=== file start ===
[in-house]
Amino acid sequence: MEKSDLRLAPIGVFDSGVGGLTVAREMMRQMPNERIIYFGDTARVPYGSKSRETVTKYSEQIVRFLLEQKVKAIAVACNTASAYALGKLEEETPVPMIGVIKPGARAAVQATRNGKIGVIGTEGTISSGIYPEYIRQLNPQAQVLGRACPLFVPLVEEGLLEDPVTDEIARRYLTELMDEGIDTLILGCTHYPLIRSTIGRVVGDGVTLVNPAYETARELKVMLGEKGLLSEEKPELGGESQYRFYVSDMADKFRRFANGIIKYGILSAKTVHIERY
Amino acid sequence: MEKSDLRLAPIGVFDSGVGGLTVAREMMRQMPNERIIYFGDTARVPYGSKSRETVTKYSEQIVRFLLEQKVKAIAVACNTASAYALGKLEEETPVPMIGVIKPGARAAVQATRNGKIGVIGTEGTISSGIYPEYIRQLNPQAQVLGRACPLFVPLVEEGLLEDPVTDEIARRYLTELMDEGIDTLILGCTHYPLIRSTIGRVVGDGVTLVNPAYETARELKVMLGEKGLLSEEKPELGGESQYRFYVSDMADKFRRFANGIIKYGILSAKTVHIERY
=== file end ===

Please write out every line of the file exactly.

[in-house]
Amino acid sequence: MEKSDLRLAPIGVFDSGVGGLTVAREMMRQMPNERIIYFGDTARVPYGSKSRETVTKYSEQIVRFLLEQKVKAIAVACNTASAYALGKLEEETPVPMIGVIKPGARAAVQATRNGKIGVIGTEGTISSGIYPEYIRQLNPQAQVLGRACPLFVPLVEEGLLEDPVTDEIARRYLTELMDEGIDTLILGCTHYPLIRSTIGRVVGDGVTLVNPAYETARELKVMLGEKGLLSEEKPELGGESQYRFYVSDMADKFRRFANGIIKYGILSAKTVHIERY
Amino acid sequence: MEKSDLRLAPIGVFDSGVGGLTVAREMMRQMPNERIIYFGDTARVPYGSKSRETVTKYSEQIVRFLLEQKVKAIAVACNTASAYALGKLEEETPVPMIGVIKPGARAAVQATRNGKIGVIGTEGTISSGIYPEYIRQLNPQAQVLGRACPLFVPLVEEGLLEDPVTDEIARRYLTELMDEGIDTLILGCTHYPLIRSTIGRVVGDGVTLVNPAYETARELKVMLGEKGLLSEEKPELGGESQYRFYVSDMADKFRRFANGIIKYGILSAKTVHIERY